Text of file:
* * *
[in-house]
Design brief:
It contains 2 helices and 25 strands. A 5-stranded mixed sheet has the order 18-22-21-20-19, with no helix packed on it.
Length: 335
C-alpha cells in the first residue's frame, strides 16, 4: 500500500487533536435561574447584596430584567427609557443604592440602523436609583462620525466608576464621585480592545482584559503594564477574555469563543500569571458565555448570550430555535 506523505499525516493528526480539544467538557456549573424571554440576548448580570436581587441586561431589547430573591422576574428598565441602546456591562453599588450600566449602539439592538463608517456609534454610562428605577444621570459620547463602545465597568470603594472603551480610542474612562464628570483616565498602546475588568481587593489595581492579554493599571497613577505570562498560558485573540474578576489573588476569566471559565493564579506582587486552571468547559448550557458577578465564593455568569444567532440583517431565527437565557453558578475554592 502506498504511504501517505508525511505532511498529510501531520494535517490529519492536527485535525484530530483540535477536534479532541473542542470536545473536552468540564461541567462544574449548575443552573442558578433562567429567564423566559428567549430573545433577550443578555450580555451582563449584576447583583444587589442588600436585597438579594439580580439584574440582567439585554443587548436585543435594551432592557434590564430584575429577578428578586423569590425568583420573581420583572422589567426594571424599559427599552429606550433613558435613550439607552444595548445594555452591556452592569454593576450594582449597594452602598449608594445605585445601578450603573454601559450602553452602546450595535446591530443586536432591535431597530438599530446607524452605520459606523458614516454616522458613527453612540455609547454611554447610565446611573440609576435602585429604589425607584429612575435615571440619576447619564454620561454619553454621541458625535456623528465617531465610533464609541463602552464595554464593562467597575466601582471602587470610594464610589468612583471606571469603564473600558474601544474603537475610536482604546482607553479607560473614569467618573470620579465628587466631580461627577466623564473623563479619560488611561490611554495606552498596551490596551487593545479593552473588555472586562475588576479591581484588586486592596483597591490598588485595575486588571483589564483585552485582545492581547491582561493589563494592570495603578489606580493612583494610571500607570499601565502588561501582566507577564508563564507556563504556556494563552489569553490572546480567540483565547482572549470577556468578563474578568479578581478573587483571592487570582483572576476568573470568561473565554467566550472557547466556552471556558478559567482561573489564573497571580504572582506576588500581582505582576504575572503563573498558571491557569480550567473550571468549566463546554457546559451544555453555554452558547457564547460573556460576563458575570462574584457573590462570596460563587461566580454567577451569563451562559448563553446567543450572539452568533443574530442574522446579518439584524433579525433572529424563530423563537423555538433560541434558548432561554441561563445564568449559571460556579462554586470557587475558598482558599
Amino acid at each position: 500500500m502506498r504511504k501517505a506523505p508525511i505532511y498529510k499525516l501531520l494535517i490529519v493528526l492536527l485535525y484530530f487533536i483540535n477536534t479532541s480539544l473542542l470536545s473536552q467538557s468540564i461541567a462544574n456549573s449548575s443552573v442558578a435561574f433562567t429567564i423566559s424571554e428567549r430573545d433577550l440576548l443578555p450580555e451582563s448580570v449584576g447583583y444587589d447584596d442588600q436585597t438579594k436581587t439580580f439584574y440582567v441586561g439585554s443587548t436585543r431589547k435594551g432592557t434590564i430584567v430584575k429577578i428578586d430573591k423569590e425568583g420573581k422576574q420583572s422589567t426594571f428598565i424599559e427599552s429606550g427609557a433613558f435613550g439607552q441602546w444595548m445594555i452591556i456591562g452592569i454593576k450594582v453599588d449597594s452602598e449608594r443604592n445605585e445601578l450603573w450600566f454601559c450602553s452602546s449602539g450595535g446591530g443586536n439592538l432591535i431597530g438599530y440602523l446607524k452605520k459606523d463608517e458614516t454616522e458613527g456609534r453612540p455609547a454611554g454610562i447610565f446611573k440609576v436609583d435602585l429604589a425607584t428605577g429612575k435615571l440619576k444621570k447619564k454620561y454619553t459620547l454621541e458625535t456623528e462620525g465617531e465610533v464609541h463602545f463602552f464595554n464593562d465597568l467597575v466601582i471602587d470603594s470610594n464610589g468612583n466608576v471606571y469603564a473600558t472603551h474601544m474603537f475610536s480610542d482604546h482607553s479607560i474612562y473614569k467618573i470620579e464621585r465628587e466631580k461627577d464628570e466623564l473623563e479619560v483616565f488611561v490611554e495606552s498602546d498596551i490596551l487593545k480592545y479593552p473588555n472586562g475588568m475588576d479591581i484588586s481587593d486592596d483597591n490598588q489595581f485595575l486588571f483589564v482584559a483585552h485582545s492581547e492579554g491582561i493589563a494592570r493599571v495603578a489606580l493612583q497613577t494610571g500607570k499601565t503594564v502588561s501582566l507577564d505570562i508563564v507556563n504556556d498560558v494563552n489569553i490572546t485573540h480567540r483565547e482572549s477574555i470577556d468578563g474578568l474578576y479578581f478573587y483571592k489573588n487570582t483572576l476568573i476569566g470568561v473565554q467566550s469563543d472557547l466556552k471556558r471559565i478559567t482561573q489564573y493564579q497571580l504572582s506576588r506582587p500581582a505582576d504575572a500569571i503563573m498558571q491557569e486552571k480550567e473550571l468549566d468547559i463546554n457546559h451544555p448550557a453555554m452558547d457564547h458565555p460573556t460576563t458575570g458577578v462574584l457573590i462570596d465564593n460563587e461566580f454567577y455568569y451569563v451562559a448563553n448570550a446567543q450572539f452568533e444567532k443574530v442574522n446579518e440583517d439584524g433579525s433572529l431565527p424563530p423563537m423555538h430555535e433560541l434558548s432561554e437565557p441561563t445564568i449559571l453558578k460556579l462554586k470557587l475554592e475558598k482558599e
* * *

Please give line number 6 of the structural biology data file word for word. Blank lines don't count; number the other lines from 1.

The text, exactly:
Amino acid at each position: 500500500m502506498r504511504k501517505a506523505p508525511i505532511y498529510k499525516l501531520l494535517i490529519v493528526l492536527l485535525y484530530f487533536i483540535n477536534t479532541s480539544l473542542l470536545s473536552q467538557s468540564i461541567a462544574n456549573s449548575s443552573v442558578a435561574f433562567t429567564i423566559s424571554e428567549r430573545d433577550l440576548l443578555p450580555e451582563s448580570v449584576g447583583y444587589d447584596d442588600q436585597t438579594k436581587t439580580f439584574y440582567v441586561g439585554s443587548t436585543r431589547k435594551g432592557t434590564i430584567v430584575k429577578i428578586d430573591k423569590e425568583g420573581k422576574q420583572s422589567t426594571f428598565i424599559e427599552s429606550g427609557a433613558f435613550g439607552q441602546w444595548m445594555i452591556i456591562g452592569i454593576k450594582v453599588d449597594s452602598e449608594r443604592n445605585e445601578l450603573w450600566f454601559c450602553s452602546s449602539g450595535g446591530g443586536n439592538l432591535i431597530g438599530y440602523l446607524k452605520k459606523d463608517e458614516t454616522e458613527g456609534r453612540p455609547a454611554g454610562i447610565f446611573k440609576v436609583d435602585l429604589a425607584t428605577g429612575k435615571l440619576k444621570k447619564k454620561y454619553t459620547l454621541e458625535t456623528e462620525g465617531e465610533v464609541h463602545f463602552f464595554n464593562d465597568l467597575v466601582i471602587d470603594s470610594n464610589g468612583n466608576v471606571y469603564a473600558t472603551h474601544m474603537f475610536s480610542d482604546h482607553s479607560i474612562y473614569k467618573i470620579e464621585r465628587e466631580k461627577d464628570e466623564l473623563e479619560v483616565f488611561v490611554e495606552s498602546d498596551i490596551l487593545k480592545y479593552p473588555n472586562g475588568m475588576d479591581i484588586s481587593d486592596d483597591n490598588q489595581f485595575l486588571f483589564v482584559a483585552h485582545s492581547e492579554g491582561i493589563a494592570r493599571v495603578a489606580l493612583q497613577t494610571g500607570k499601565t503594564v502588561s501582566l507577564d505570562i508563564v507556563n504556556d498560558v494563552n489569553i490572546t485573540h480567540r483565547e482572549s477574555i470577556d468578563g474578568l474578576y479578581f478573587y483571592k489573588n487570582t483572576l476568573i476569566g470568561v473565554q467566550s469563543d472557547l466556552k471556558r471559565i478559567t482561573q489564573y493564579q497571580l504572582s506576588r506582587p500581582a505582576d504575572a500569571i503563573m498558571q491557569e486552571k480550567e473550571l468549566d468547559i463546554n457546559h451544555p448550557a453555554m452558547d457564547h458565555p460573556t460576563t458575570g458577578v462574584l457573590i462570596d465564593n460563587e461566580f454567577y455568569y451569563v451562559a448563553n448570550a446567543q450572539f452568533e444567532k443574530v442574522n446579518e440583517d439584524g433579525s433572529l431565527p424563530p423563537m423555538h430555535e433560541l434558548s432561554e437565557p441561563t445564568i449559571l453558578k460556579l462554586k470557587l475554592e475558598k482558599e